More recently, the Sunshine Protection Act, which would make daylight saving time last all year, passed unanimously in the Senate in 2022 but failed to pass in the House of Representatives, so it wasn't signed into law. The bill was introduced again in 2023 but has since stalled.

Tips to reduce health effects of daylight saving time

You can reduce the negative health effects of daylight saving time by making some adjustments to your routine.

Before the time change:

  • Reconsider your bedtime: “Try going to bed 15 minutes earlier, starting two to three days before the time change. This will help make sure you are well-rested before the clock change so any resulting ‘sleep debt’ will feel less extreme,” Candice A. Alfano, Ph.D., director of the University of Houston’s Sleep and Anxiety Center of Houston, says.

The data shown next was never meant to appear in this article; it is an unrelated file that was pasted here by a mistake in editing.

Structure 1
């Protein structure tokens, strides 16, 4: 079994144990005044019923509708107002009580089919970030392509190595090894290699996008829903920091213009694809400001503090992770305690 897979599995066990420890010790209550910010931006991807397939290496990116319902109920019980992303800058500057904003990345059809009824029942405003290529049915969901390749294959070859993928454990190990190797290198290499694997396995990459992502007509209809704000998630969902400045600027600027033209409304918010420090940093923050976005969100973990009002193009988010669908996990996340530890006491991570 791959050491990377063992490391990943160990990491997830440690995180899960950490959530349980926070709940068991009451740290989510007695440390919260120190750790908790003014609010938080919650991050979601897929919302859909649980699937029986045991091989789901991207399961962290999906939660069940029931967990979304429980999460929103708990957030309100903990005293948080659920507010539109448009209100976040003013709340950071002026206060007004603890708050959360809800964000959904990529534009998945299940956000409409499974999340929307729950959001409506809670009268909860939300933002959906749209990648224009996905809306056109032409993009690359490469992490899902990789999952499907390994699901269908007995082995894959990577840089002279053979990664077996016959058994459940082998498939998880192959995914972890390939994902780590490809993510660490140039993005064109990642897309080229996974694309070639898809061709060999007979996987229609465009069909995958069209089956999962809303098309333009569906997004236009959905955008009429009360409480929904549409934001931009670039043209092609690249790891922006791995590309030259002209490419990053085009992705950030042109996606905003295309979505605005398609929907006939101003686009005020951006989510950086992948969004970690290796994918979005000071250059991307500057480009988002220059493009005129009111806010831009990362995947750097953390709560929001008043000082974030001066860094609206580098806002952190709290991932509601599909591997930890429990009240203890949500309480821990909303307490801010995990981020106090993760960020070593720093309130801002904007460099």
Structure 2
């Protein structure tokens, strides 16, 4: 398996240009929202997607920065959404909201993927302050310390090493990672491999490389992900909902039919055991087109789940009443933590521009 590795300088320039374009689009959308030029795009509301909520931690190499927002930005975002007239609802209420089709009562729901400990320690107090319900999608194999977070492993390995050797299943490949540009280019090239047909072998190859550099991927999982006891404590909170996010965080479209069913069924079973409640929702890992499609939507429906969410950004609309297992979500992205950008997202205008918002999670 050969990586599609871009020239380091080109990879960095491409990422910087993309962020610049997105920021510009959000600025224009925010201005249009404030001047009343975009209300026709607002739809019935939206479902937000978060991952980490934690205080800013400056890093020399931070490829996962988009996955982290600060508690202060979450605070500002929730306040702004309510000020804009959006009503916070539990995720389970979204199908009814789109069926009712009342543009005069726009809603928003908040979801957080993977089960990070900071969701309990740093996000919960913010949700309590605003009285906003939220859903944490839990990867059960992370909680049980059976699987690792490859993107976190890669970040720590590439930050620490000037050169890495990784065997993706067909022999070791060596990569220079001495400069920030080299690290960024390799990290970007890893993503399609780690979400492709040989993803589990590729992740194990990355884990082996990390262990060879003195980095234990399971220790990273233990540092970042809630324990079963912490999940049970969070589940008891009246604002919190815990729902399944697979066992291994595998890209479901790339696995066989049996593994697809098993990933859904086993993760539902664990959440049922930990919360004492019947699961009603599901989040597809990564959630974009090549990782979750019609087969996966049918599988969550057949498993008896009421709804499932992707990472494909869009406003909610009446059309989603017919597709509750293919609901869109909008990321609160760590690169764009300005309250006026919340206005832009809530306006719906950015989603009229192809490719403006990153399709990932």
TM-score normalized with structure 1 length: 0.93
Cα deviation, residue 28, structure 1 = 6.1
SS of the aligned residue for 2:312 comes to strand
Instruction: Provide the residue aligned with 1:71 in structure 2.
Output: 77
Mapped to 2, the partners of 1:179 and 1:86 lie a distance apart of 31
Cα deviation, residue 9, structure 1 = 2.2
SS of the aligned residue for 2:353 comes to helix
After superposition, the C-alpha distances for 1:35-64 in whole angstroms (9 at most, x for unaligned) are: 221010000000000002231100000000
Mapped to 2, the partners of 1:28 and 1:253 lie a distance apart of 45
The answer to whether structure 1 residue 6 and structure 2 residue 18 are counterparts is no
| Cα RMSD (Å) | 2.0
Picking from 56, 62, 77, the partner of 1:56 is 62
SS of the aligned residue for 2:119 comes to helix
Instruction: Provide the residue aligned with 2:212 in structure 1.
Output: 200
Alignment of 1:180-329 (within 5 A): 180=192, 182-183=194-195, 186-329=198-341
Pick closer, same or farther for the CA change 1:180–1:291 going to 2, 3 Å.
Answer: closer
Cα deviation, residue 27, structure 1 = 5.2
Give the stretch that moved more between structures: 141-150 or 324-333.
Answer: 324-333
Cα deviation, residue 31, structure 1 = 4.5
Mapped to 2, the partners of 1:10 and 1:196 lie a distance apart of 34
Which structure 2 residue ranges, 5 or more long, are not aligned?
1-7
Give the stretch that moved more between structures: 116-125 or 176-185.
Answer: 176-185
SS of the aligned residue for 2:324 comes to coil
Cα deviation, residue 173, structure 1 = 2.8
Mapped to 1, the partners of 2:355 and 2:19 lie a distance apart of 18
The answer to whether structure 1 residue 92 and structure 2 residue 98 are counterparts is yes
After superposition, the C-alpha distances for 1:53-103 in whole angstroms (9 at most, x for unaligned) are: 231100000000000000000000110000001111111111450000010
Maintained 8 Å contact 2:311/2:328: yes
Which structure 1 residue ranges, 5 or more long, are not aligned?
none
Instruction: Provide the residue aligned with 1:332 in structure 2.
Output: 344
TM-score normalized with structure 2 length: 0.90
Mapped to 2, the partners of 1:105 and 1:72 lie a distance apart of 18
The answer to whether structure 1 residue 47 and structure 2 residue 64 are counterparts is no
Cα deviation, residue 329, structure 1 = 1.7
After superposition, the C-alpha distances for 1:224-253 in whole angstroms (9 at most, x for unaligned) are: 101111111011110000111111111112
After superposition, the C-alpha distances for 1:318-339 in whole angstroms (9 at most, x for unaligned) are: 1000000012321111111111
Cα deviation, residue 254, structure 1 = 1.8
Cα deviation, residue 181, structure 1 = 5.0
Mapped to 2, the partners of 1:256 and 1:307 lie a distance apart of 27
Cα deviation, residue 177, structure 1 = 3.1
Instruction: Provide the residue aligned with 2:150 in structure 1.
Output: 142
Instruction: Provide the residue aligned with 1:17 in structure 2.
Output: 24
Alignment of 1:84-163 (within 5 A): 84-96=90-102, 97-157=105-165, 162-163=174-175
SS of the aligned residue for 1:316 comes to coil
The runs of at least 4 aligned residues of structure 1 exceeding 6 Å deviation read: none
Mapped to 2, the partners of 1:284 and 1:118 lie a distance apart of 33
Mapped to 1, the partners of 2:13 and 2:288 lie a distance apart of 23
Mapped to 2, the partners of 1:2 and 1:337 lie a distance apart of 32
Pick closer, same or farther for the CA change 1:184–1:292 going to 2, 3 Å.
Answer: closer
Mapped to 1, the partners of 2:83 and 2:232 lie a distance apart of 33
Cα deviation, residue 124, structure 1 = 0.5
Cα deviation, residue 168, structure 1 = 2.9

• Shift your wakeup call: “A few days before daylight saving time, set your wakeup time to 30 minutes ahead. This will narrow the difference and make it easier for you to adjust to the time change,” Dr. Ana Krieger, medical director of the Center for Sleep Medicine at Weill Cornell Medicine and New York-Presbyterian, says.
  • Shift your kids' schedules, too: Adjusting your kids' schedules in the days leading up to the change can help them adjust better and leave them feeling less drowsy for school on Monday morning, experts say.
  • Trick your brain: “The brain looks for visual cues to know what time it is. Another thing you can do is change the time on a wristwatch 15 minutes ahead each day before daylight saving time to provide that visual cue,” Ash said.